England defend Marcus Smith settling for draw after stunning late comeback against New Zealand

No regrets: Eddie Jones supported Marcus Smith’s decision to settle for the draw against New Zealand  (AP)
No regrets: Eddie Jones supported Marcus Smith’s decision to settle for the draw against New Zealand (AP)

England have defended opting to punt out for a draw against New Zealand rather than chase a madcap victory at Twickenham.

Will Stuart powered over twice with Freddie Steward also crossing as England turned a 25-6 deficit into a 25-25 tie inside eight minutes in west London.

New Zealand kicked off the final play with Beauden Barrett in the sin-bin and on the ropes, but Marcus Smith booted out to seal full-time on a turbulent encounter.

Head coach Eddie Jones and captain Owen Farrell both stuck by the decision to settle for the draw, at the end of a match where for all but 10 minutes the hosts looked en route to defeat.

“It’s always up to the players mate, I trust their decision-making,” said Jones. “I’m not on the field so I can’t pass messages across, so because of that, I always trust their decisions.”

Dalton Papalii, Codie Taylor and Rieko Ioane powered in for scores that catapulted New Zealand into total control past the hour.

But all of a sudden England started attacking with pace, verve and threat, with the replacements making a big impact. Stuart capped a fine move, with Barrett sent to the bin as a result, and that sparked a stunning comeback.

Steward crossed and Stuart grabbed his second, and Smith’s conversion levelled the game. England fans all over Twickenham appeared stunned by the home side’s decision to take the draw, but captain Farrell was staying level about the issue after an absorbing clash.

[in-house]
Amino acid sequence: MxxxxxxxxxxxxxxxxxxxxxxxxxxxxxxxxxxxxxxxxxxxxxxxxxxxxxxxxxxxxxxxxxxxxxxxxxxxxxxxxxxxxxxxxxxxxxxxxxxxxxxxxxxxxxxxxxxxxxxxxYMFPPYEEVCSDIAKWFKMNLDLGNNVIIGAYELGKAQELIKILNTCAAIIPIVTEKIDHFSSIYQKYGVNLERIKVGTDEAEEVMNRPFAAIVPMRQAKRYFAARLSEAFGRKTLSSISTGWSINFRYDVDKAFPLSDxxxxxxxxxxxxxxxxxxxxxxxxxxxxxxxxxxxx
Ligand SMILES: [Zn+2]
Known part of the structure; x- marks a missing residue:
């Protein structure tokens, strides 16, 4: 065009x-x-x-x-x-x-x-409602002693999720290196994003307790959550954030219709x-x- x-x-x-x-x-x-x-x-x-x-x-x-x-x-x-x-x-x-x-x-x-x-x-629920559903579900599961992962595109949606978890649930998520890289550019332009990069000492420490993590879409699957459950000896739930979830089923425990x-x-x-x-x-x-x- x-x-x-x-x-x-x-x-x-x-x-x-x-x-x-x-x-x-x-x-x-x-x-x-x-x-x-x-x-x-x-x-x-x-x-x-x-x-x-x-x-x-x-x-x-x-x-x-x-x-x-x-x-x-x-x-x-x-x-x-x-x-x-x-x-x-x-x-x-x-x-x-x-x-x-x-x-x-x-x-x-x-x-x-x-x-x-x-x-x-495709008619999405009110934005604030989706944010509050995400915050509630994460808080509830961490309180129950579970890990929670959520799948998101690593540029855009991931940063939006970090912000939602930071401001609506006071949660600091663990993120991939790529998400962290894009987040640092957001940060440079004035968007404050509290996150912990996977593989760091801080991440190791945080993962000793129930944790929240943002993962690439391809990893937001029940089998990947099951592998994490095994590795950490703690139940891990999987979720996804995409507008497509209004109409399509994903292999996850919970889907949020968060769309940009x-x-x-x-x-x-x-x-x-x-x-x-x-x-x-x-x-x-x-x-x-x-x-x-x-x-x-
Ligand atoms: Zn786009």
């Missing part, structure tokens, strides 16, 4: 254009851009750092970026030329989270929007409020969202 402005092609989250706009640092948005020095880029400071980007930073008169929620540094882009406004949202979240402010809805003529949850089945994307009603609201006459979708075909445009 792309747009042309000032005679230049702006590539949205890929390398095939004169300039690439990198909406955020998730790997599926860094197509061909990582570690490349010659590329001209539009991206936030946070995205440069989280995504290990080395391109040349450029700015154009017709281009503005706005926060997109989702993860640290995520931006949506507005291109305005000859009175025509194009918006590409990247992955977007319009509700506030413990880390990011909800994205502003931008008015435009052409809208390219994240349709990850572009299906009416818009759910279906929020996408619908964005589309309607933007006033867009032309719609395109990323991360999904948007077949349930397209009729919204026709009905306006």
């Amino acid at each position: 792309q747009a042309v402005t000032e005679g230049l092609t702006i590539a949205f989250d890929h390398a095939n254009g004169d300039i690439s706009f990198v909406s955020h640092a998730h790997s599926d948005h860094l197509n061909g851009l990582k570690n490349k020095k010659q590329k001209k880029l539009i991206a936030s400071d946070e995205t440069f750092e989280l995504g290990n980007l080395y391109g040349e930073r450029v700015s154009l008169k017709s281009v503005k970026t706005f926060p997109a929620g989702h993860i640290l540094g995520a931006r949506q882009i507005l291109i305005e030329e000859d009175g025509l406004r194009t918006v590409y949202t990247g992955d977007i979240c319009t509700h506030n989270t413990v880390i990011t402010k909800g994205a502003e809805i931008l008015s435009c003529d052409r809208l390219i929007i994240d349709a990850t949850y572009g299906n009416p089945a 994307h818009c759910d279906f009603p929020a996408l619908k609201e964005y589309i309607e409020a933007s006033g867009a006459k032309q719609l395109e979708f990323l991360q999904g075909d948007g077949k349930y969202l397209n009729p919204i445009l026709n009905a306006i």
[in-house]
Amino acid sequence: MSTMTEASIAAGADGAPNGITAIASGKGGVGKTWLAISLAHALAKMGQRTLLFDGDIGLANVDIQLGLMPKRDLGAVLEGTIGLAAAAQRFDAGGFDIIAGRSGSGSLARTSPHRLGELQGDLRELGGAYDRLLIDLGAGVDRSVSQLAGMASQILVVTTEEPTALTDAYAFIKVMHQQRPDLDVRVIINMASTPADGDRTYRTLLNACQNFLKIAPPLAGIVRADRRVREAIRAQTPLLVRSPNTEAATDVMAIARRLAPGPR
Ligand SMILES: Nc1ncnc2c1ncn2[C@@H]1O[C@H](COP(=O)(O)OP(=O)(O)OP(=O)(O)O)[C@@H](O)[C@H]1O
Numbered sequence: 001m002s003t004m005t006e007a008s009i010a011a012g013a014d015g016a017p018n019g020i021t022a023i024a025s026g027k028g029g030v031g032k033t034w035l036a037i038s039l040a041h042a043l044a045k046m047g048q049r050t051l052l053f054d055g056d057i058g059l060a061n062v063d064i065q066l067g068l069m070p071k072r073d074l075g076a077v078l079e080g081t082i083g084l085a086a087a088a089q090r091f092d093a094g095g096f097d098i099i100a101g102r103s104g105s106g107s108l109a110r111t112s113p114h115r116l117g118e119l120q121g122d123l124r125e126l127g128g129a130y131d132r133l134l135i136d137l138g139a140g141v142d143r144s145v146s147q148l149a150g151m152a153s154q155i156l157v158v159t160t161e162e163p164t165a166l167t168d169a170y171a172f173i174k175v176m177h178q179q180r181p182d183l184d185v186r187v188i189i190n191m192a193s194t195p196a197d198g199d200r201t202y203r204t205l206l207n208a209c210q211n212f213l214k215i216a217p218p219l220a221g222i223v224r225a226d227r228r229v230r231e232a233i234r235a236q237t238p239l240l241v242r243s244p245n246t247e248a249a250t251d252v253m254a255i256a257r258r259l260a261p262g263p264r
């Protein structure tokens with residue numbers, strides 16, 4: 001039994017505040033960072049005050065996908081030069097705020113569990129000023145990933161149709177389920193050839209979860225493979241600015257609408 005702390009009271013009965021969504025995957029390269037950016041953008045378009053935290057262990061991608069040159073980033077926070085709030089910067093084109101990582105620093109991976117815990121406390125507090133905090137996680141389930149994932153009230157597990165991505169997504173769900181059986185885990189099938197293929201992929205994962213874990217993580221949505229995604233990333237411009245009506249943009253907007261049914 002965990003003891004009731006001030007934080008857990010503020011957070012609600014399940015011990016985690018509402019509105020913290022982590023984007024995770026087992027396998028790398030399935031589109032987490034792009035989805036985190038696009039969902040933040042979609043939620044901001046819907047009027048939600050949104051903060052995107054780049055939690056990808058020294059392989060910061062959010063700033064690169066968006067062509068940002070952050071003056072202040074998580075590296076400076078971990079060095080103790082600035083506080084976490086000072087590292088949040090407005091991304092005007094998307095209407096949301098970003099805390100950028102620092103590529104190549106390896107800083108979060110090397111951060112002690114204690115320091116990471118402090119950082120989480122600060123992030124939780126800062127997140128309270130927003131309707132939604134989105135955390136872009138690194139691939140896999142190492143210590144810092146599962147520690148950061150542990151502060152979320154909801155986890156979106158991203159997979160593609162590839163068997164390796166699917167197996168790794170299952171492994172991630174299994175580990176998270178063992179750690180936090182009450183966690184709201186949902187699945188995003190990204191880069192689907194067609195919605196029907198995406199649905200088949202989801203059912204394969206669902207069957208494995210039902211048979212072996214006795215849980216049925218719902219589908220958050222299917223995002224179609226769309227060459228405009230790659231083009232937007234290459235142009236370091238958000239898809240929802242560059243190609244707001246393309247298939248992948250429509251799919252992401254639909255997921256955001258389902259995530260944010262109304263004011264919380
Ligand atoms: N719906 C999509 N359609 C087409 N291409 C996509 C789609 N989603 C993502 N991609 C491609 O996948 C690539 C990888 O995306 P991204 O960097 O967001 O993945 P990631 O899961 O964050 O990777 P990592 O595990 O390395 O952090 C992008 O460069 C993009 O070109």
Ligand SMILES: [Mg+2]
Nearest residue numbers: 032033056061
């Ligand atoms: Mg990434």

“We just wanted to see where we were at off the ruck after the restart,” said Farrell. “If we got on the front foot, then we had an opportunity and we would have wanted to take it. If not, we wanted to make a good decision. And I think that was what was done.”

Farrell hailed England’s mental fortitude to hit back after the home side were all-but out of the contest.

“The belief showed by the team in that second half was outstanding,” said Farrell. “I felt like we were always in the game, even though it didn’t reflect it.

“Some other teams or even better teams would have dropped off. It didn’t feel like we were going to. But we stayed at it and had proper, proper belief today, and I’m proud of the team for that.”

All Blacks boss Ian Foster admitted his surprise that England did not chase the win at the death. The New Zealand head coach suggested his side would have pushed for a victory had the roles been reversed.

“Yeah, I was surprised they did that,” said Foster. “All I know is that if we flipped it over I would have liked our guys to have a crack.

“So I’m not sure what their tactics were. To be fair to them, they were running hot for seven, eight minutes and they probably felt like getting back to a draw was a massive achievement in that time. We’ll certainly be more disappointed with the result than them.

“We came and played some great rugby. And in our minds we should have walked away with a win.”